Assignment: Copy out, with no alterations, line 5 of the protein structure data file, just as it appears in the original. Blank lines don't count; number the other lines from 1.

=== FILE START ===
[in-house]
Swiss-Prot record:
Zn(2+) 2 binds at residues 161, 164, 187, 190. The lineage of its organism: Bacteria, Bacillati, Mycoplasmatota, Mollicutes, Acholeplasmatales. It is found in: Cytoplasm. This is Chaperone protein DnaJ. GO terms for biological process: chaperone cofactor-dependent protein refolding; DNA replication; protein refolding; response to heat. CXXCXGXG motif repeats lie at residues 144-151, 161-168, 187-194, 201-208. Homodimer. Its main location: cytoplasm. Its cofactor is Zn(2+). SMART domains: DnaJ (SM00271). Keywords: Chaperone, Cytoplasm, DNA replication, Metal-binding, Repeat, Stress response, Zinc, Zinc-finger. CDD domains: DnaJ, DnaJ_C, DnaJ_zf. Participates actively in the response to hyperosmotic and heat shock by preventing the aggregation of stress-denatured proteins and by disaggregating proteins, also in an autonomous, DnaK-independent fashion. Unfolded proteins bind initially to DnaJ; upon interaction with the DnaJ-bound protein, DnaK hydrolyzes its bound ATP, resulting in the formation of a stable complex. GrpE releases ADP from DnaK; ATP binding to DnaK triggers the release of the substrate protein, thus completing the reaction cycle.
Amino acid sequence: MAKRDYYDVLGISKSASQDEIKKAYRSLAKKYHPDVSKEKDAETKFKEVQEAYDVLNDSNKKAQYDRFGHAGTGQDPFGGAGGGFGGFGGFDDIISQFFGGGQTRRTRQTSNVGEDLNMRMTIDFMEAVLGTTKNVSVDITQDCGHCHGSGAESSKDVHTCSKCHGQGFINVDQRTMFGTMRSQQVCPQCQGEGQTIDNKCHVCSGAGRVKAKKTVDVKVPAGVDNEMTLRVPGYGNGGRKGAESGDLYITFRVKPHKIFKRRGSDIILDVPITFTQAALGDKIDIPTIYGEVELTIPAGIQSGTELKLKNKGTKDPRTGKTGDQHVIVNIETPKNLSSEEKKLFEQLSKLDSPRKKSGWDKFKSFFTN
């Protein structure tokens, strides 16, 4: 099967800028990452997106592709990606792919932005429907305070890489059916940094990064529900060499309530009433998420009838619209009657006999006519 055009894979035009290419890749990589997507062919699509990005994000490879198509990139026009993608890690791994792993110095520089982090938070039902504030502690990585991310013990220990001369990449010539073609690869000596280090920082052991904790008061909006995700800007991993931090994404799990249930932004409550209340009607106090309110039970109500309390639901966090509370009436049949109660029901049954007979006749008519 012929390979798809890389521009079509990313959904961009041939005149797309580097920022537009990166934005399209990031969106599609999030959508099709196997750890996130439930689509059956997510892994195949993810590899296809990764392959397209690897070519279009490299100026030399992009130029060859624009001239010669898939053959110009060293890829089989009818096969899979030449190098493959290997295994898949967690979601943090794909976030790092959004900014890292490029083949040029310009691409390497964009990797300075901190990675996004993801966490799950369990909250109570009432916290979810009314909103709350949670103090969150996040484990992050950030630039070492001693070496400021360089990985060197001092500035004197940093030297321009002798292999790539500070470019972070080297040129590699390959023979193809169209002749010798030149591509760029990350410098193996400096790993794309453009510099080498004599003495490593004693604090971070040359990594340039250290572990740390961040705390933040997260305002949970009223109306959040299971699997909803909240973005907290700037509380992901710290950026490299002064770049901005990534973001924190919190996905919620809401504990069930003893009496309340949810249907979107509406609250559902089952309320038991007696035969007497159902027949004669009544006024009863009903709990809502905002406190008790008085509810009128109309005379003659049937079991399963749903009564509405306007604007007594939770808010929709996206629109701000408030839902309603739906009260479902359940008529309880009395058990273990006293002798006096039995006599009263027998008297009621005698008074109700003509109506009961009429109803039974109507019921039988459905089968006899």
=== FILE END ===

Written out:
């Protein structure tokens, strides 16, 4: 099967800028990452997106592709990606792919932005429907305070890489059916940094990064529900060499309530009433998420009838619209009657006999006519 055009894979035009290419890749990589997507062919699509990005994000490879198509990139026009993608890690791994792993110095520089982090938070039902504030502690990585991310013990220990001369990449010539073609690869000596280090920082052991904790008061909006995700800007991993931090994404799990249930932004409550209340009607106090309110039970109500309390639901966090509370009436049949109660029901049954007979006749008519 012929390979798809890389521009079509990313959904961009041939005149797309580097920022537009990166934005399209990031969106599609999030959508099709196997750890996130439930689509059956997510892994195949993810590899296809990764392959397209690897070519279009490299100026030399992009130029060859624009001239010669898939053959110009060293890829089989009818096969899979030449190098493959290997295994898949967690979601943090794909976030790092959004900014890292490029083949040029310009691409390497964009990797300075901190990675996004993801966490799950369990909250109570009432916290979810009314909103709350949670103090969150996040484990992050950030630039070492001693070496400021360089990985060197001092500035004197940093030297321009002798292999790539500070470019972070080297040129590699390959023979193809169209002749010798030149591509760029990350410098193996400096790993794309453009510099080498004599003495490593004693604090971070040359990594340039250290572990740390961040705390933040997260305002949970009223109306959040299971699997909803909240973005907290700037509380992901710290950026490299002064770049901005990534973001924190919190996905919620809401504990069930003893009496309340949810249907979107509406609250559902089952309320038991007696035969007497159902027949004669009544006024009863009903709990809502905002406190008790008085509810009128109309005379003659049937079991399963749903009564509405306007604007007594939770808010929709996206629109701000408030839902309603739906009260479902359940008529309880009395058990273990006293002798006096039995006599009263027998008297009621005698008074109700003509109506009961009429109803039974109507019921039988459905089968006899």